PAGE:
Organic waste buyback as a viable method to enhance sustainable municipal solid waste management in developing countries

Hiroshan Hettiarachchi, Jay N. Meegoda, Sohyeon Ryu

Research output: Contribution to journalArticlepeer-review

54 Scopus citations


Many developing countries have inadequate Municipal Solid Waste (MSW) management systems due to lack of not only the awareness, technologies, finances, but also a proper governance that is able to enforce and monitor the regulations. Not all the solutions practiced by and in developed countries fit to the developing country contexts. The local conditions and limitations must always be taken into account when proposing waste management options for developing countries. The excessively high organic waste fraction in MSW and relatively inexpensive labor markets available in developing countries are two of the strengths that have not yet been utilized fully. This manuscript is an attempt to point out the benefits we receive from the above two strengths if we establish organic waste buyback programs. This can only become successful if we find solutions to: (1) collect source-separated organic waste, and then (2) find stable markets for the products made from organic waste. Compost or biogas could be the best bet developing countries can consider as products. However, there must be some policy interventions to support buyback programs at the waste collection stage as well as at the product marketing stage. Implementation of such organic waste buyback centers that can offer some incentives can indirectly motivate residents to do source separation. This will in turn also help promote more recycling, as any waste bin that has no organics in it is much easier for anyone (e.g., waste pickers) to look for other recyclables. Developing country settings such as the Green Container composting program in Cajicá, Colombia, and buyback centers in South Africa that are presented later in the manuscript are thought to be the places where the concept can be implemented with little effort. The environment, economy, and society are considered to be the three dimensions (or pillars) of sustainability. Interestingly, the organic waste buyback centers solution has positive implications on all three aspects of sustainability. Thus, it also supports the 2030 Agenda of the United Nations (UN), by making specific contributions to the Sustainable Development Goals (SDGs) such as zero hunger (SDG 2), affordable and clean energy (SDG 7), climate action (SDG 13), clean water and sanitation (SDG 6), and sustainable cities and communities (SDG 11).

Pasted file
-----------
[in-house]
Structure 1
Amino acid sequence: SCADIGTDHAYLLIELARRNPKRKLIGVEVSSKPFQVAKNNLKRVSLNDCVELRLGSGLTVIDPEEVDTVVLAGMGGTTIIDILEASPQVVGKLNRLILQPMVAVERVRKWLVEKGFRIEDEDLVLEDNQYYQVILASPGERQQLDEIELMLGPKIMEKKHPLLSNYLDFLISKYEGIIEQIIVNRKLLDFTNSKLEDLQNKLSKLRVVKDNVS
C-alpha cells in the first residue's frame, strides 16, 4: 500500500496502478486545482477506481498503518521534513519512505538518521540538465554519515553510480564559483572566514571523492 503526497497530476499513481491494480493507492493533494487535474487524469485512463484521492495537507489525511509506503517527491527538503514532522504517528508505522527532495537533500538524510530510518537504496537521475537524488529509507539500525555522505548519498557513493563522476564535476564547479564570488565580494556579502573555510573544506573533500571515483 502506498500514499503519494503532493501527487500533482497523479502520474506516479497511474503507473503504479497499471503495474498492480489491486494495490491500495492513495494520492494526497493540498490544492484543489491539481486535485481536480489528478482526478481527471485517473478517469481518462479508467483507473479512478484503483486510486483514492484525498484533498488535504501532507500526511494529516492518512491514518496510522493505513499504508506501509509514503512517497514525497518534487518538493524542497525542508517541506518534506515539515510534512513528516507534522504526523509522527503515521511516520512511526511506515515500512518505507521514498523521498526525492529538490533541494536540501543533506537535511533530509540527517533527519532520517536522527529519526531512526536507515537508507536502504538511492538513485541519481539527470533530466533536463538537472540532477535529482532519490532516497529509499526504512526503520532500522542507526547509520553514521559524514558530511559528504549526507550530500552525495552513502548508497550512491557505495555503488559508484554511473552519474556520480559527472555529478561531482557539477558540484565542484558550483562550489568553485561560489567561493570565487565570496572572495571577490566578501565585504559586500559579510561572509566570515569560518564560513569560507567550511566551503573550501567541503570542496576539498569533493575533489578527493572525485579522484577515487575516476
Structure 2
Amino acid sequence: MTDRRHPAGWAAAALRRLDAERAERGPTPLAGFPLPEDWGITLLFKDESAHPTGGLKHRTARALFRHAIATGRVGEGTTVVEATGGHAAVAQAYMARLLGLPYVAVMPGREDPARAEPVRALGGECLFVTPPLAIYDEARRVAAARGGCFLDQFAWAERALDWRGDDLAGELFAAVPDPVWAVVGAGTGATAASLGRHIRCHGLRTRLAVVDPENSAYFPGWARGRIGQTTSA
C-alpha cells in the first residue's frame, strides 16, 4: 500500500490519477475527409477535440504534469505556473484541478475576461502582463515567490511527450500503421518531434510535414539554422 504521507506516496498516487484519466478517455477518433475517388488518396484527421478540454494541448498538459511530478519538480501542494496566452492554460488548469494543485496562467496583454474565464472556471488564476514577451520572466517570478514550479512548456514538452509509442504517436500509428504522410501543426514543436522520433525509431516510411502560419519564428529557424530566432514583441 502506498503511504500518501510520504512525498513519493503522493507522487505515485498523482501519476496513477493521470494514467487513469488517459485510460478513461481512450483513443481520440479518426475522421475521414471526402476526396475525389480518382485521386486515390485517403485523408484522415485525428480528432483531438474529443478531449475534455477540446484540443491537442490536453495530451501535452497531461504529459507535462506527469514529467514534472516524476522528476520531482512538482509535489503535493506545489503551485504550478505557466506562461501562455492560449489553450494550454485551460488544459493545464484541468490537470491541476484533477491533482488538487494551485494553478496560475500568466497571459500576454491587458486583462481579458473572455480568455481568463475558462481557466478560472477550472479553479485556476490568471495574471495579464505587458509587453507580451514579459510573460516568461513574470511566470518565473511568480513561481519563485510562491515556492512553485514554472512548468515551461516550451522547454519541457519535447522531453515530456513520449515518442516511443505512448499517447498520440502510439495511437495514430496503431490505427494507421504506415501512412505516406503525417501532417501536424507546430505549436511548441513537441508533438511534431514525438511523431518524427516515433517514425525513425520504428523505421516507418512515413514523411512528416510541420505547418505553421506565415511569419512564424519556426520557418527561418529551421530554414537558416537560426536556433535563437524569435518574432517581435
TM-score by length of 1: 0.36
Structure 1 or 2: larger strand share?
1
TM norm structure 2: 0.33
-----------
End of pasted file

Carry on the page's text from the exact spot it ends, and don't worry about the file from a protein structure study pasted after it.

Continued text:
Original languageEnglish (US)
Article number2483
JournalInternational journal of environmental research and public health
Issue number11
StatePublished - Nov 7 2018

All Science Journal Classification (ASJC) codes

  • Pollution
  • Public Health, Environmental and Occupational Health
  • Health, Toxicology and Mutagenesis


  • Biogas
  • Buyback programs
  • Cajicá municipality in Colombia
  • Compost
  • Developing countries
  • Informal sector
  • Municipal solid waste (MSW)
  • Organic waste
  • Source separation
  • South Africa
  • Sustainable development goals (SDGs)


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